Next, you want to change the declaration of Paddle so it is public and inherits from GameObject, which looks like this:

public class Paddle : GameObject

You need to make a constructor for Paddle that takes in a Game and passes it to the base GameObject class. You pass this using an initializer list, which you might be familiar with if you've used C++ before.

Inside this constructor, set the textureName variable to "paddle":

public Paddle(Game myGame):
   textureName = "paddle";

You'll add some custom code to Paddle in a little while, but for now leave it as is. Instead, you can create an instance of Paddle in Game1.cs.

First, add a member variable to Game1 of type Paddle (I named the variable paddle). After you load the background in LoadContent, add the following code to initialize the paddle:

paddle = new Paddle(this);
paddle.position = new Vector2(512, 740);

This code creates the paddle, loads the texture, and sets the position of the paddle to be vertically centered and near the bottom of the window.

Finally, in the Draw function in Game1, after you draw the background, but before the spriteBatch.End call, add this call to draw the paddle:


Once this is done, you should end up with a paddle on screen that looks like the following figure:

Moving the Paddle

The final thing to do in this article is add the ability to move the paddle. You want to make it so the left and right arrow keys move the paddle.

To do this, I need to introduce the concept of delta time. Games are typically updated several times per second. Each update is called a frame, so "60 frames per second" means that the game updates 60 times in a second.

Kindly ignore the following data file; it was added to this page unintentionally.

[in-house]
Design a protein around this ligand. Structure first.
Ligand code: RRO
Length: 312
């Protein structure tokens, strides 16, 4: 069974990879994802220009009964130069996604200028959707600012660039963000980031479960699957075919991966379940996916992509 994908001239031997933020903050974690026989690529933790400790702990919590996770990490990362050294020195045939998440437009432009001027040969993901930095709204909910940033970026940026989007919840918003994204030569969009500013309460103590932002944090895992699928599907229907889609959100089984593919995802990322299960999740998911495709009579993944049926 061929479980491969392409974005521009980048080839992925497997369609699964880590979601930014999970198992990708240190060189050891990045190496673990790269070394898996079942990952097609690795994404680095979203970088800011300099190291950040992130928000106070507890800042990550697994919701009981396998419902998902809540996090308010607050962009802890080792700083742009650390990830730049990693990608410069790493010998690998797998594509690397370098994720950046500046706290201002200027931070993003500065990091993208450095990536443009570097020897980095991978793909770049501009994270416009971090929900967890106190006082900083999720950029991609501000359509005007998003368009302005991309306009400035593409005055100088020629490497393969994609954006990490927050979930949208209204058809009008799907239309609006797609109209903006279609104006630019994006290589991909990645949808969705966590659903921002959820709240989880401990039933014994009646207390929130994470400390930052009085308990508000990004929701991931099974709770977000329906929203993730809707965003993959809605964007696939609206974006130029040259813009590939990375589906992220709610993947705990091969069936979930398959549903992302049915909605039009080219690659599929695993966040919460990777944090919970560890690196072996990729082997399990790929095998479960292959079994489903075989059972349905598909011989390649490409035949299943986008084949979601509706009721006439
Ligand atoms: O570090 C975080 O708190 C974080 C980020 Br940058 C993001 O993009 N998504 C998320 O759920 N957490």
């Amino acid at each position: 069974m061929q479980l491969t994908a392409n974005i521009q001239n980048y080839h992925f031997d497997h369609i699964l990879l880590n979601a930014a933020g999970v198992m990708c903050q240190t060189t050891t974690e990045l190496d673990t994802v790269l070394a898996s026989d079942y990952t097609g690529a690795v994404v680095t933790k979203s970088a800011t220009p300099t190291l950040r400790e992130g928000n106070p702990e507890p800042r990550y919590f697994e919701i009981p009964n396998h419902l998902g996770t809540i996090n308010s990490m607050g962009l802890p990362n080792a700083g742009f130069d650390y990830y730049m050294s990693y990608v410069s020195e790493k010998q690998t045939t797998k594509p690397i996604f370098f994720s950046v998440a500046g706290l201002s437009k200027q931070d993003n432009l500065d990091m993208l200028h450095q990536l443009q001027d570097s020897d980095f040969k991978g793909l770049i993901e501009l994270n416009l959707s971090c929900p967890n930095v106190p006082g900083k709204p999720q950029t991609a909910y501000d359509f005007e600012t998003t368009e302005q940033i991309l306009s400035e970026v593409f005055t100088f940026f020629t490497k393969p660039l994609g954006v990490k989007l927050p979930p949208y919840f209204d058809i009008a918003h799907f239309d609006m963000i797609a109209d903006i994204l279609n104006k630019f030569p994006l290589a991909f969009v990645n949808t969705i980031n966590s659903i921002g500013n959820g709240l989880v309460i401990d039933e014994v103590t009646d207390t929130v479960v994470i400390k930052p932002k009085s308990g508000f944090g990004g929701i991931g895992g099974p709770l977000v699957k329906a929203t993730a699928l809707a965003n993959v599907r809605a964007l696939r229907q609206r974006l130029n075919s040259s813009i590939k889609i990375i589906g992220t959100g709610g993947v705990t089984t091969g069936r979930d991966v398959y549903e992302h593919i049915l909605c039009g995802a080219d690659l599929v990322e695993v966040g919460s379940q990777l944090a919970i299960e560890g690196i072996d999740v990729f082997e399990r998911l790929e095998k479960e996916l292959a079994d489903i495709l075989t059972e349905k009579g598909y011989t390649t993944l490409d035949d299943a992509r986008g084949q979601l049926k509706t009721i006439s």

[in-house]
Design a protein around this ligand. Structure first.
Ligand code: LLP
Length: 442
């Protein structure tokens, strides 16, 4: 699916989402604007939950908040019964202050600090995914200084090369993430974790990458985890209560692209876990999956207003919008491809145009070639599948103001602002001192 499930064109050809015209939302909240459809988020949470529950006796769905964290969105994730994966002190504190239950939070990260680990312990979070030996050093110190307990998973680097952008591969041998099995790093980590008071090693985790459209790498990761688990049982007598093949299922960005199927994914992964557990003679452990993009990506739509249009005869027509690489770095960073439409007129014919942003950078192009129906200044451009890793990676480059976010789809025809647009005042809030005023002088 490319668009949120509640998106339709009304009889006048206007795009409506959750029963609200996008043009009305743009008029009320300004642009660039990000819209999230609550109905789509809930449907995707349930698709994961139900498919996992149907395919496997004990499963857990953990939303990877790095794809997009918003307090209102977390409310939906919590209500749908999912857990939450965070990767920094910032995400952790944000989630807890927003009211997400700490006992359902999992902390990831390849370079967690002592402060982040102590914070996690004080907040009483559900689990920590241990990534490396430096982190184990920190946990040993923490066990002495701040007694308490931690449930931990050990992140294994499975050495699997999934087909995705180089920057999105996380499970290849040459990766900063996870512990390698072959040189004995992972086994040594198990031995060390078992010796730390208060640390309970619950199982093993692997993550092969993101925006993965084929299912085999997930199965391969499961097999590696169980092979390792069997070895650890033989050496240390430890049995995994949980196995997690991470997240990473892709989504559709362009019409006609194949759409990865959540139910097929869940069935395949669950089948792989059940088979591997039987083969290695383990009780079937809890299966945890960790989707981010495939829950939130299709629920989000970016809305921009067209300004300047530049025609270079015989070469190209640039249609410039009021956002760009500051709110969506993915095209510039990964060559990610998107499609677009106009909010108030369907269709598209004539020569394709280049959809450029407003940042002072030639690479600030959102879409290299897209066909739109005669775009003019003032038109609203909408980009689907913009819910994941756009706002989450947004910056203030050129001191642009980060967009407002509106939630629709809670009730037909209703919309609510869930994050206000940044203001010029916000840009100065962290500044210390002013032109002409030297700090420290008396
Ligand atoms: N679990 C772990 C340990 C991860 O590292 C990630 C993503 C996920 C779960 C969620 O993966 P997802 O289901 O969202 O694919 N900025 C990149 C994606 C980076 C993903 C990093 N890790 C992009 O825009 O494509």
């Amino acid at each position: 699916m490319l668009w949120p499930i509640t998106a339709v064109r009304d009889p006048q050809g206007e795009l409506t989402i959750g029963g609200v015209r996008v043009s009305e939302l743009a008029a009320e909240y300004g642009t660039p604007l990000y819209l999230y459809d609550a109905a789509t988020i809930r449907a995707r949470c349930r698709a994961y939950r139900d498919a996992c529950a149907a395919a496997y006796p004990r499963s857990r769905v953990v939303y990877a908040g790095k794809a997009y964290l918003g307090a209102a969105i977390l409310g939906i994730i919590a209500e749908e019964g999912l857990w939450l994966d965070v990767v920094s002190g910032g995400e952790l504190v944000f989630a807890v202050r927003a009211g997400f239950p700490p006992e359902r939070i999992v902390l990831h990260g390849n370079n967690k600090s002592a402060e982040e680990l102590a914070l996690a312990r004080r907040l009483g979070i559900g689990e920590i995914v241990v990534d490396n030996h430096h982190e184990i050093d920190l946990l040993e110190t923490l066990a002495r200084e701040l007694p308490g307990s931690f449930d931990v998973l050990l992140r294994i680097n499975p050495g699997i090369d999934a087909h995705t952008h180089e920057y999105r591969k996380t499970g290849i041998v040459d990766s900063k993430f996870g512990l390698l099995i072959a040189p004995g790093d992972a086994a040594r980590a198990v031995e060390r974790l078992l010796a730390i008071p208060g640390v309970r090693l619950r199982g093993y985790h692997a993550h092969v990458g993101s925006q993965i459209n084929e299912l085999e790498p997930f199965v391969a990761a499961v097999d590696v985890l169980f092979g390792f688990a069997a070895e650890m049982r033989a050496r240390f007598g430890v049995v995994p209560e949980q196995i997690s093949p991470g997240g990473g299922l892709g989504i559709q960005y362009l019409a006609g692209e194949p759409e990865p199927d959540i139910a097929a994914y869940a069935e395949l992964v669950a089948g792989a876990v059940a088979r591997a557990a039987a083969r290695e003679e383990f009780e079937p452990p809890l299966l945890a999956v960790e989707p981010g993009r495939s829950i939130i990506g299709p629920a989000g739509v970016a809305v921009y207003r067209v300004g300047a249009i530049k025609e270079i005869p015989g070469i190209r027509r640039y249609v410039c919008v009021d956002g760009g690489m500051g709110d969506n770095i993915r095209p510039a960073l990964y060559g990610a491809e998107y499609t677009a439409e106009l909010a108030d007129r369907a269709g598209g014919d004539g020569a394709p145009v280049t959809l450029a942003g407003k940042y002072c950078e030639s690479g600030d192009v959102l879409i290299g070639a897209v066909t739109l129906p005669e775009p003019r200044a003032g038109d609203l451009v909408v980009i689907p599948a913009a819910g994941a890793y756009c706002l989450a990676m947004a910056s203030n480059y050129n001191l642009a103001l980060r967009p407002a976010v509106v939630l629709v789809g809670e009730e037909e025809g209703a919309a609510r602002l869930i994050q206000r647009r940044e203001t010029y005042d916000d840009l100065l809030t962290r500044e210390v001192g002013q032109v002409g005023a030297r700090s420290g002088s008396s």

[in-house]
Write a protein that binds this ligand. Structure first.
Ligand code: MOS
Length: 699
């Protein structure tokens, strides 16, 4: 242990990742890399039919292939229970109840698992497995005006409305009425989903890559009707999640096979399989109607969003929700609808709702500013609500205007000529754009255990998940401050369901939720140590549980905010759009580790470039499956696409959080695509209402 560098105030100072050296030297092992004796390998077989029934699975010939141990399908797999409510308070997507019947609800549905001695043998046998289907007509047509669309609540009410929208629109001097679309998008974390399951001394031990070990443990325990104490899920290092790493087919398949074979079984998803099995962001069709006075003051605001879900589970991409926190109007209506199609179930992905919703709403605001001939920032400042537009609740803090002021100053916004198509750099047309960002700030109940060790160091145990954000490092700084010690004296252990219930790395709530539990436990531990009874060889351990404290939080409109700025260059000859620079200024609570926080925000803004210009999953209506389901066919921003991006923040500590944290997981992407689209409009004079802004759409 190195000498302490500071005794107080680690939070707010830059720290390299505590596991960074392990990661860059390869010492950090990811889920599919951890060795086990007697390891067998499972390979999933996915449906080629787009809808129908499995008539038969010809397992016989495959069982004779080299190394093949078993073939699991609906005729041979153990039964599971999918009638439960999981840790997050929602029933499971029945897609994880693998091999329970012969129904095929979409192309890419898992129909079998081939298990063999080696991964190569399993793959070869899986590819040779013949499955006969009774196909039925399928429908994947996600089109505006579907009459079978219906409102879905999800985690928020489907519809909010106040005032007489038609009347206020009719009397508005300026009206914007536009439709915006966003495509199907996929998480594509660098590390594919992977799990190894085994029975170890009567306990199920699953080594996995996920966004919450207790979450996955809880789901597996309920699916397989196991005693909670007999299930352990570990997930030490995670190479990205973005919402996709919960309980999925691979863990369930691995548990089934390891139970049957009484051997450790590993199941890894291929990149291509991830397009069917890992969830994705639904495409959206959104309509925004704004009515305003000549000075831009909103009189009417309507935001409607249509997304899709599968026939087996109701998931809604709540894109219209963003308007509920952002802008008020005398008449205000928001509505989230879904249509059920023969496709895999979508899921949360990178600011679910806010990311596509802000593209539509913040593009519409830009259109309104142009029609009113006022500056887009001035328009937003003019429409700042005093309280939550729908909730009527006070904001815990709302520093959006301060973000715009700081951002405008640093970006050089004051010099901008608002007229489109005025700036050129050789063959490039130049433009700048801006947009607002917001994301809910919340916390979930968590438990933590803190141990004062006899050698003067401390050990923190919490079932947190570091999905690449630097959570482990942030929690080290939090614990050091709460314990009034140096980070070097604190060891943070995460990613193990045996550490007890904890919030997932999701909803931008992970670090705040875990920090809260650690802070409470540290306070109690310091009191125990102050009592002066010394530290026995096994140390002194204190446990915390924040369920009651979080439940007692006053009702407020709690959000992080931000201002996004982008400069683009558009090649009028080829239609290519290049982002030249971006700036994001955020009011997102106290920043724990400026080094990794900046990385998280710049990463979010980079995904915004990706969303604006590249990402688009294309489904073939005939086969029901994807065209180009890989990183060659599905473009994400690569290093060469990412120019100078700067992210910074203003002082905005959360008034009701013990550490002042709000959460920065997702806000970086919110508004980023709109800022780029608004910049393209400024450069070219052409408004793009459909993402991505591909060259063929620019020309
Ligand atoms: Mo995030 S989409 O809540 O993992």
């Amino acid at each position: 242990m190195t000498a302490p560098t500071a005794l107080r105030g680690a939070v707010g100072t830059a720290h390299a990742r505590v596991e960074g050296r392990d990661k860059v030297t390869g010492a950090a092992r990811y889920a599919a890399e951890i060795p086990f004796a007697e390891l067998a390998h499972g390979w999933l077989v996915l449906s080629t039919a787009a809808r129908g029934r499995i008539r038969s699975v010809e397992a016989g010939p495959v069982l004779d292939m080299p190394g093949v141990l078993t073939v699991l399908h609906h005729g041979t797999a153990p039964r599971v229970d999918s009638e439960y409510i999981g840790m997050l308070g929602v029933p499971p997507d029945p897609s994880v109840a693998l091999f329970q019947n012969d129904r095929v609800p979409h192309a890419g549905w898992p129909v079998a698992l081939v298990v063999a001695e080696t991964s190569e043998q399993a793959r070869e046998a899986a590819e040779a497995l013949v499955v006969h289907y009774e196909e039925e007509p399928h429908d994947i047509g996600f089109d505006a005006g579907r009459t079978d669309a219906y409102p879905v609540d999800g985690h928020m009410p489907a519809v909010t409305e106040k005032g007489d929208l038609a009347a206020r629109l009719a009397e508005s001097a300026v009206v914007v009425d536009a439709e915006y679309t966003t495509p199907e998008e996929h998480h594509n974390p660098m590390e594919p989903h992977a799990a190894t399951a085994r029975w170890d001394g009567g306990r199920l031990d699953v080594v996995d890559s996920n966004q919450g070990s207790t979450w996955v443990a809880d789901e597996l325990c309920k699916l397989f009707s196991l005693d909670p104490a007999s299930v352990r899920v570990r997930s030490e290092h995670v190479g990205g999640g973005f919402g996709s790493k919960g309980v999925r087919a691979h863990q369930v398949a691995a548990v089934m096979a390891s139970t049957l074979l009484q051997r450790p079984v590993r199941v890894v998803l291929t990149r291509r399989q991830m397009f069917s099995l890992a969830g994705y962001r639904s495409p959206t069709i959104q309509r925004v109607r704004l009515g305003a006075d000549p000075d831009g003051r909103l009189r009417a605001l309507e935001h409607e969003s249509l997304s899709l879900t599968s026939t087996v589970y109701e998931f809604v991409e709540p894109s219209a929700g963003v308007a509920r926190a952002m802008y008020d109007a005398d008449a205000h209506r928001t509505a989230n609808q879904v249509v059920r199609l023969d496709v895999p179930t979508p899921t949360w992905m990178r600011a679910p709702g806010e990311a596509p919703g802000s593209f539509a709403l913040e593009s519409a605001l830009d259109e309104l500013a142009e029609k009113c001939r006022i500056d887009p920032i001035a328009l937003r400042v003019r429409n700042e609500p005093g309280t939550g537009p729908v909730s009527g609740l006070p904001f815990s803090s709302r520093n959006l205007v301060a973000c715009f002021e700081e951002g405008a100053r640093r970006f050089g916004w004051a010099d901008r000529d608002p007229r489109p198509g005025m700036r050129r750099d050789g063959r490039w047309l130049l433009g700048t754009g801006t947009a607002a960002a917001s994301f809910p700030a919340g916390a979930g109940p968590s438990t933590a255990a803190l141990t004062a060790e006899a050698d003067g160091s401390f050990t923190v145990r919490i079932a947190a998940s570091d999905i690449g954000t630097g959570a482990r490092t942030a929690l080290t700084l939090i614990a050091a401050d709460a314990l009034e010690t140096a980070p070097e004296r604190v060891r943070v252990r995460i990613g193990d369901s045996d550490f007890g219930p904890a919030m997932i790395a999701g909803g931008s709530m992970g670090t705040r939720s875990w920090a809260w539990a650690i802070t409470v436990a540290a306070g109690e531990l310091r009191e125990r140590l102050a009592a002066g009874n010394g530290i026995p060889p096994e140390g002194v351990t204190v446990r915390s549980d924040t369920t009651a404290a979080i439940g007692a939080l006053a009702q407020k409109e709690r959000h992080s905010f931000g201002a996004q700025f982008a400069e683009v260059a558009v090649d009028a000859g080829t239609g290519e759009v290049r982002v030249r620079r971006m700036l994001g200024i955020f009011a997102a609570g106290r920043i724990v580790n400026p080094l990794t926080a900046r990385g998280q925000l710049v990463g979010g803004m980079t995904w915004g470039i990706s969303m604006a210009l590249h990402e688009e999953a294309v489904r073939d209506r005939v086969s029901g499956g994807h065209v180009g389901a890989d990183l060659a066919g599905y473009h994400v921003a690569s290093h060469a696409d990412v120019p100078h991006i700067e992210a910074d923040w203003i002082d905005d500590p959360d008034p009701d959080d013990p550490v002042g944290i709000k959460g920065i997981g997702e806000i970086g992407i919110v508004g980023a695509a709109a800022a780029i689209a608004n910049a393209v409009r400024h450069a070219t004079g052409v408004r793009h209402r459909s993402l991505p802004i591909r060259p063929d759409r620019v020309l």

Delta time is the time, in seconds, that has elapsed since the last frame. In general, everything that moves in a game should be made a function of delta time, which will make the code much more flexible.

What you want to do in Paddle is override the Update function that you declared in GameObject. Add the following function to Paddle.cs:

public override void Update(float deltaTime)

Note that the function calls base.Update, which is the Update function declared in the parent class. Before this base.Update call, check the keyboard to figure out whether the left or right arrow is pressed.

You can get the state of the keyboard by using the following line:

KeyboardState keyState = Keyboard.GetState();

Once you have the KeyboardState, you can then check whether a specific key is down. For the left arrow key, you could use the following code:

if (keyState.IsKeyDown(Keys.Left))

And a similar else if could be added for the right arrow key.

Before you actually move the paddle, though, you should add a public float member variable that stores the speed of the Paddle. This speed should correspond to the number of pixels per second you want the paddle to be able to move. For now, set the speed to 500.

For the actual movement code, you want to change the X component of the position by the pixels per second multiplied by the delta time. For example, to move left, you could do this:

position.X -= speed * deltaTime;

And moving right would be the same, except that it's += instead of -=. By writing the code this way, if you later adjust the speed, you won't have to change the update code.

The final thing you need to do is actually call the paddle's Update function. Go back to Game1.cs and look at Update. Under the TODO, you first need to calculate the value of deltaTime.

You can get this by using the following code:

float deltaTime = (float)gameTime.ElapsedGameTime.TotalSeconds;

Finally, call Update on the paddle and pass in the deltaTime.

When you run the game now, you should be able to move the paddle left and right. (You can also move the paddle off the screen, but you'll fix that in the next article!)

Although you certainly could have gotten this far with fewer lines of code, in the long run putting in the extra time to create the GameObject class will pay off.

This will become readily apparent in Part 2, in which you'll add a ball, bricks, and collision with everything.